Post Mortems
Bloodline Final Season 3

Bloodline Burning Qs: EP Talks [Spoiler]'s Disappearance, Paternity Mystery and That Final Scene

The following story contains spoilers about the third and final season of Bloodline — proceed at your own peril.

If you’ve made it through all 10 episodes of Bloodline‘s third and final season, we’re going to assume two things: you’re emotionally spent and slightly confounded. You’re on your own with the first one, but you’ve come to the right place for the latter.

We already helped you sort through the bewildering, alternate universe-set penultimate hour, so now, with the assistance of exec producer Todd A. Kessler, we turn our attention to the questions raised in the other nine episodes — including the somewhat ambiguous series finale.

WHERE WAS LINDA CARDELLINI’S MEG? | The most innocent of the Rayburn siblings was missing from more than half of the final season’s 10 episodes, as Meg set out to start a new life in Los Angeles. Did Cardellini have a scheduling conflict? Or was there just not enough story for Meg? The answer is neither, maintains Kessler, who explains that Netflix’s decision to end the series with Season 3 and trim the episode order from 13 to 10 forced him to streamline the storytelling. “Kevin, having killed Marco, [needed to be a focus], and I also wanted to bring Sally more into the spotlight,” says the EP. “The Meg storyline just wasn’t as significant.” Having Meg flee to the West Coast also allowed Bloodline to explore the “theme of someone stepping out” of the family bubble. Kessler concedes that not having a key member of the Rayburns around in the final episodes — particularly the series finale — defies TV convention. “Not that we set out to subvert expectations,” he adds. “But [I understand that the] audience may have a twinge of sentimentality, that ‘Oh the family will all come back together — it’ll all work out.’ But, obviously, that’s not the tale of the Rayburns.”

IS ERIC REALLY GOING TO SPEND THE REST OF HIS LIFE IN JAIL FOR A CRIME HE DIDN’T COMMIT?  | Pretty much, yep. Eric’s sad fate is sealed the moment Aguirre rebuffs John’s confession. “Part of the resonance of the storytelling is that actions aren’t really reversible,” Kessler notes. “Danny is dead, Marco is dead, and Eric has been framed. In the parlance of the series, Eric is definitely not a bad guy. He didn’t do what they accused him of doing. But he’s the fall guy. He definitely got the short end of the stick with that one.”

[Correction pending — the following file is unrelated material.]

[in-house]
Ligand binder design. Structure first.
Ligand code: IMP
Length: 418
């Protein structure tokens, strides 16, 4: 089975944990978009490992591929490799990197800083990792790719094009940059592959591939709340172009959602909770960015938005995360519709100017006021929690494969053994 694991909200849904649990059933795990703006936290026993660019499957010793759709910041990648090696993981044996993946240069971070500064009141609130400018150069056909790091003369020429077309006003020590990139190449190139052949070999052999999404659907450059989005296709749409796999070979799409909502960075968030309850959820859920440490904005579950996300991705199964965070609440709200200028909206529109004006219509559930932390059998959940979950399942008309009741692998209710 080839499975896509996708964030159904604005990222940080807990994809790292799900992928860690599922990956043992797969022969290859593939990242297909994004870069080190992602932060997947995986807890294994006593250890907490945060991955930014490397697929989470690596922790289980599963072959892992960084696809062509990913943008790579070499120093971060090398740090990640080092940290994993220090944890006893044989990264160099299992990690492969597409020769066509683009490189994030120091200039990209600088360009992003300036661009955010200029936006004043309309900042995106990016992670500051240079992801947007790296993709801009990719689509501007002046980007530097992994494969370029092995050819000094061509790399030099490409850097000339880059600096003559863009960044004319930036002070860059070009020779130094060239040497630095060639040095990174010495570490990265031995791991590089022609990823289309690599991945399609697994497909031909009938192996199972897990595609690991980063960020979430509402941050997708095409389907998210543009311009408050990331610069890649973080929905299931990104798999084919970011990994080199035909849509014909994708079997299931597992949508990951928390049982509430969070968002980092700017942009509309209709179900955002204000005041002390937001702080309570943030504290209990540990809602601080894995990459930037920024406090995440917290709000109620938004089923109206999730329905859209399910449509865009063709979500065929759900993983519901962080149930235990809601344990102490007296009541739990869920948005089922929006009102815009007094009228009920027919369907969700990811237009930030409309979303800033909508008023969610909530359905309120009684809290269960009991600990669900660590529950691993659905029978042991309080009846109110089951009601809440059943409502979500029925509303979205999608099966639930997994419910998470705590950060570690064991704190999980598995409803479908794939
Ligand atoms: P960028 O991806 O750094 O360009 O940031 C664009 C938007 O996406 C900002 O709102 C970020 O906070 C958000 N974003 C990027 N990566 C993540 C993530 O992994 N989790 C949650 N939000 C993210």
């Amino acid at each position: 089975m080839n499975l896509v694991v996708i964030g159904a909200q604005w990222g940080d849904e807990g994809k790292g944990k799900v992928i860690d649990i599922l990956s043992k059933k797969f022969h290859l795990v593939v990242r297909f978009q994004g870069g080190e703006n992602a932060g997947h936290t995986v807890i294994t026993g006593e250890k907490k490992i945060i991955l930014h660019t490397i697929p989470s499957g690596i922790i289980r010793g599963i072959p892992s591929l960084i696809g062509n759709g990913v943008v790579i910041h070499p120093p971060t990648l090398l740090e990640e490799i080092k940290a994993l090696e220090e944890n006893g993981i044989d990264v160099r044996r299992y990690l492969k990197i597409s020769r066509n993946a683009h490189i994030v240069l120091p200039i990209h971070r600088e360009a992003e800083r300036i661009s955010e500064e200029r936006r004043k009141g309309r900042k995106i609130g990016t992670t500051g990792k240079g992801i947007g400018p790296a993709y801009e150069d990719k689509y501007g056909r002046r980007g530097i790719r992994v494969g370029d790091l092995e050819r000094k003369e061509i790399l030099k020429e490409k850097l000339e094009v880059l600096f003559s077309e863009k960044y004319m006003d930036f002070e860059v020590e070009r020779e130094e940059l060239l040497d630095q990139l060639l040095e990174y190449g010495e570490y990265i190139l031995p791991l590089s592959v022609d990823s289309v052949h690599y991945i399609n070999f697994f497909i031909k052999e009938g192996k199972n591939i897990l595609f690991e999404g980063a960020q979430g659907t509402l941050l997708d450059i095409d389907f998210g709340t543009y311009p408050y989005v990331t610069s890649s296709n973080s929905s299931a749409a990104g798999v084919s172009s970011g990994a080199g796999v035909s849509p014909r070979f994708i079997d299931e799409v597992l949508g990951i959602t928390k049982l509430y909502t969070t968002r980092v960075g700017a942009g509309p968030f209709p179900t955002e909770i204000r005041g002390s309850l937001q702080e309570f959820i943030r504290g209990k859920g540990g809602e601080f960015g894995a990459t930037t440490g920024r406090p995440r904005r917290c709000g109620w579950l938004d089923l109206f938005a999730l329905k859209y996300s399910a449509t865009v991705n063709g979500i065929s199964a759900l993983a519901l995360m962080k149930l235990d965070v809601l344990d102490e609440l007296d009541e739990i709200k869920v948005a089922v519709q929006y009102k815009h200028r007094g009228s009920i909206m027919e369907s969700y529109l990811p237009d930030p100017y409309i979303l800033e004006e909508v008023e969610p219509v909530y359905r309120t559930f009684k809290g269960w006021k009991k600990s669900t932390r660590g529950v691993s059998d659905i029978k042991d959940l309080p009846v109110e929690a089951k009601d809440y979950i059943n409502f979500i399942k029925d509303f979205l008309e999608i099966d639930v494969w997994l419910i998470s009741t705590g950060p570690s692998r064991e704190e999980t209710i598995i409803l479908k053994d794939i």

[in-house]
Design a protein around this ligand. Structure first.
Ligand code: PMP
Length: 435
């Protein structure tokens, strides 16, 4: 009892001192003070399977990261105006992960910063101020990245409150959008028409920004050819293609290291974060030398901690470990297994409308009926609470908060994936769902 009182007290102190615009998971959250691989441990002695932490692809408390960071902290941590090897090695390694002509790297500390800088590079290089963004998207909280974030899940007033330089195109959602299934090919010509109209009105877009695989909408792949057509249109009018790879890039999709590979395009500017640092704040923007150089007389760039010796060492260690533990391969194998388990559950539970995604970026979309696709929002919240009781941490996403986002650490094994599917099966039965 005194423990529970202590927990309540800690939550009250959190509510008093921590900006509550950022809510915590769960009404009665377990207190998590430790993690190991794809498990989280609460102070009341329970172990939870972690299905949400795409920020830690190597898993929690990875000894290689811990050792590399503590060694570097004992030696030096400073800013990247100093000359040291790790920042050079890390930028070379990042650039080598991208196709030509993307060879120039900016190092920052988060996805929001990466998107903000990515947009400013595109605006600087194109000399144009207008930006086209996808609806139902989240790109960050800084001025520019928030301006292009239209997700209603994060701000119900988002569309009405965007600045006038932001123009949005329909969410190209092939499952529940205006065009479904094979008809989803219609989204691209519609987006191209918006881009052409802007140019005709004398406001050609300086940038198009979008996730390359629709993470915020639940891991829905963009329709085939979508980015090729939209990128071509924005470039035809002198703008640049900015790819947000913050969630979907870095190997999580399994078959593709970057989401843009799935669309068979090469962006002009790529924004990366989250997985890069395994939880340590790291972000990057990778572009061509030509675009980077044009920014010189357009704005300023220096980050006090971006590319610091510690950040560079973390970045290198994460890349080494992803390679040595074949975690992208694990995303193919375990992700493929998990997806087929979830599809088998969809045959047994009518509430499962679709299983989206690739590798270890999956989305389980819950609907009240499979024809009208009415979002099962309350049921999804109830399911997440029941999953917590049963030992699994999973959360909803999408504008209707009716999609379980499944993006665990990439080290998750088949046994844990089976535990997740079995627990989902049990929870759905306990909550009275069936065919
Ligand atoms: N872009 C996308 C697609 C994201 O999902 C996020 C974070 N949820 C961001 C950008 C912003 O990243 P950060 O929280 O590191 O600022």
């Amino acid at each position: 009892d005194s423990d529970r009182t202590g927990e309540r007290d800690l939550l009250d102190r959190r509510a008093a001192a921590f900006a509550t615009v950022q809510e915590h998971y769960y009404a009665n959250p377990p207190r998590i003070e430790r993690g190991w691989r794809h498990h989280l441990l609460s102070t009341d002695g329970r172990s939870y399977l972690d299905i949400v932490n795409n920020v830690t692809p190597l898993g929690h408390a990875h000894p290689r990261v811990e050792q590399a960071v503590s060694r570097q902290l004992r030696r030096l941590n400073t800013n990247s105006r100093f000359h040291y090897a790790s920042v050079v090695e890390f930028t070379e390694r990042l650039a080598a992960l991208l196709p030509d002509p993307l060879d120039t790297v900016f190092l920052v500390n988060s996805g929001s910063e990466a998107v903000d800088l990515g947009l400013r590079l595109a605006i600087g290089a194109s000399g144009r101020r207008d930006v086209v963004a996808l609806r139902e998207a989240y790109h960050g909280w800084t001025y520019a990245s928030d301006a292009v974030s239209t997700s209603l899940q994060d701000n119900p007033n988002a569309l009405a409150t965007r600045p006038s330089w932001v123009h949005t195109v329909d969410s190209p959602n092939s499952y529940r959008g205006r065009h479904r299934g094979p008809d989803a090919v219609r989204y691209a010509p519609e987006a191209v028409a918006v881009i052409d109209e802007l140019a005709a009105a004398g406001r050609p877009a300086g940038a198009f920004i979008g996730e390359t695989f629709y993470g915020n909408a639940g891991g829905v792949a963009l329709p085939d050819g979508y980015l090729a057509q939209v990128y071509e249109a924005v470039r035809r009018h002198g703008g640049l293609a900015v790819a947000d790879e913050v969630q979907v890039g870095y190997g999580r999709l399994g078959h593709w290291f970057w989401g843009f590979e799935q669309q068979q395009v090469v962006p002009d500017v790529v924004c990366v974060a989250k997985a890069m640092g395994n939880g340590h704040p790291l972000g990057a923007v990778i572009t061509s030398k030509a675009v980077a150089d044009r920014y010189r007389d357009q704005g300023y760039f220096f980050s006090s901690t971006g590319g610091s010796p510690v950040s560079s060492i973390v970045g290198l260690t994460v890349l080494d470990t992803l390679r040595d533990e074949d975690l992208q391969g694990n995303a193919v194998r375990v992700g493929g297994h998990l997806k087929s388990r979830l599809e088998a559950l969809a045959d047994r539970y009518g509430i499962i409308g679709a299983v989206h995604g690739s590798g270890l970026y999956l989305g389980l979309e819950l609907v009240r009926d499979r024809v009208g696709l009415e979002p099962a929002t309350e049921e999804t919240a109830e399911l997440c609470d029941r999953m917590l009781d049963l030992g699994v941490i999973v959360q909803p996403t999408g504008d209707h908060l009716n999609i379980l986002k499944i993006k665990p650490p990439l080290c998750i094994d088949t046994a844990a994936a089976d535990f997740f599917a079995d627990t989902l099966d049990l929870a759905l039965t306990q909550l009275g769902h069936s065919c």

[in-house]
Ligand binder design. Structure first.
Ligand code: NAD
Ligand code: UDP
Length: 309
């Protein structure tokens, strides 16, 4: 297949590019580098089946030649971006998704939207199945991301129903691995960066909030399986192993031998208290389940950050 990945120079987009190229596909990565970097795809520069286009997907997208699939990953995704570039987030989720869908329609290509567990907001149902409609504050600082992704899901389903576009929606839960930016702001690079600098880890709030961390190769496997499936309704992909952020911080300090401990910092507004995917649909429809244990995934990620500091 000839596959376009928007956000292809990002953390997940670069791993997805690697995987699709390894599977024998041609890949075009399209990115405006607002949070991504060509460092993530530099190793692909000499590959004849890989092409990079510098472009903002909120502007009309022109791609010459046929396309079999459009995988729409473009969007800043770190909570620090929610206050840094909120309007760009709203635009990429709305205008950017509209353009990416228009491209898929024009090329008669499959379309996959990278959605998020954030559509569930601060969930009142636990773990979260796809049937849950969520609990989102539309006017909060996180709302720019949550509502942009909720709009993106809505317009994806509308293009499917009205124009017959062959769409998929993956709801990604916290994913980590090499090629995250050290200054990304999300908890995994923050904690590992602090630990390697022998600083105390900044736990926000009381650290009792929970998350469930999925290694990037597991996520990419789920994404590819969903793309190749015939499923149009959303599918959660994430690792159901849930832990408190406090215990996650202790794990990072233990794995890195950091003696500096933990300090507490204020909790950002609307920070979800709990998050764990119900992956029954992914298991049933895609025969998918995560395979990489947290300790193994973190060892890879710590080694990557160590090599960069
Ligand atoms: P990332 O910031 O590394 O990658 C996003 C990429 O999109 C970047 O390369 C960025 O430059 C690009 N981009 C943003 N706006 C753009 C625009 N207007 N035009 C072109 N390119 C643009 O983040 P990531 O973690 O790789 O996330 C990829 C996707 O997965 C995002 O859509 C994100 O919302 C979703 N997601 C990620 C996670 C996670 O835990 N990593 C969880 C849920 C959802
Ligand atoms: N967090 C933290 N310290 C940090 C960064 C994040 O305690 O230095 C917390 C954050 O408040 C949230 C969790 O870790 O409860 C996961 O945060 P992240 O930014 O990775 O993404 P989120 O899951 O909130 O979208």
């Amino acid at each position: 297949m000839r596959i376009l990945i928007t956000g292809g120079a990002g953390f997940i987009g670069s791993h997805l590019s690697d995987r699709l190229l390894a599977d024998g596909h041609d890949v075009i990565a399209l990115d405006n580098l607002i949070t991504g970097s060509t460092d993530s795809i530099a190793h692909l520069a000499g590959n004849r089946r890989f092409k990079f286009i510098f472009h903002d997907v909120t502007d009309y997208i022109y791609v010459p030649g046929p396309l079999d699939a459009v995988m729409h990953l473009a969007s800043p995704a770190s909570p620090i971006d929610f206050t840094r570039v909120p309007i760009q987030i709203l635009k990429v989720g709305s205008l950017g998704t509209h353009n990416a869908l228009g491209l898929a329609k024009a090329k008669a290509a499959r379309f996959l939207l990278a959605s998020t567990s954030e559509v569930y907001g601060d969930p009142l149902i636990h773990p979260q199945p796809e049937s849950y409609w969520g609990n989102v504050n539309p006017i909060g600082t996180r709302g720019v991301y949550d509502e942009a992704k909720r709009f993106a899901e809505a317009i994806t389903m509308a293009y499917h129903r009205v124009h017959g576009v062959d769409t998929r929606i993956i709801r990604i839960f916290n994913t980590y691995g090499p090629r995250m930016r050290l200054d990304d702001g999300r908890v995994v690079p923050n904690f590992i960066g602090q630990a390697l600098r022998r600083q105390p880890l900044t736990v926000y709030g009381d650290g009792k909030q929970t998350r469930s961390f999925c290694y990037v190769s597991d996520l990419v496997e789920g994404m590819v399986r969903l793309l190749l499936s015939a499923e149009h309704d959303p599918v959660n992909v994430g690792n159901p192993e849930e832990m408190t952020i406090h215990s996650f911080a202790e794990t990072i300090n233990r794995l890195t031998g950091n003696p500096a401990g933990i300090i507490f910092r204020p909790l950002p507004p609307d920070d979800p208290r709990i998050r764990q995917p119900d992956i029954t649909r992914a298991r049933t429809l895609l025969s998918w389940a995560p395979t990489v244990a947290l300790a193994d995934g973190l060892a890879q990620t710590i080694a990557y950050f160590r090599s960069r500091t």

WOULD MARK VALLEY’S MIKE CHARACTER HAVE FIGURED MORE PROMINENTLY IN THE SERIES HAD IT RUN FOR FIVE OR SIX SEASONS, AS KESSLER INTENDED? | “Yes,” Kessler confirms of the Fringe vet’s relatively minor role as John’s MIA BFF. “Looking at the Rayburns, the only character who had friends outside of the family was Danny. Danny had Eric. Danny had Chelsea. Danny had Beth. It’s very confusing to John in the season finale and also over the course of the series that Danny had these friends. And [Mike] is someone we would’ve seen more of and realized, ‘Oh, wait, John has a friend, too.’ John is longing for that kind of friendship. As his marriage broke up, he then would’ve relied more on friends [like Mike] if the series had run more seasons.”

IS KEVIN’S FATHER… ROY?
| “I think the audience projected into that,” Kessler responds. “We never tried to guide the audience to that conclusion. He was always more of a father figure. But in terms of hinting at the [complicated] history between Roy and Sally and Robert? There’s something there.” Kessler also shares that he heard theories that “Roy was Danny’s father and that’s why Robert never liked him. But that was also not intentional.”

DID KESSLER ALWAYS ENVISION THE FINAL SCENE TAKING PLACE ON THE DOCK WITH JOHN AND NOLAN? | “There were a few different thoughts on how it could end,” he says. “I came up with that image of John and Nolan [silently] facing each other down on the dock last summer. That specific image was not conceived of at the beginning of the show. But the feeling of bringing the audience to a point where they are hopefully understanding the predicament that John is in and that he is really trapped was, by design, how the series could end from the very conception.”

What other questions did Bloodline‘s sendoff leave you with? And what did you think of the final season as a whole? Were you satisfied? Disappointed? Assign a letter grade to the 10-episode farewell below, and then hit the comments with your thoughts.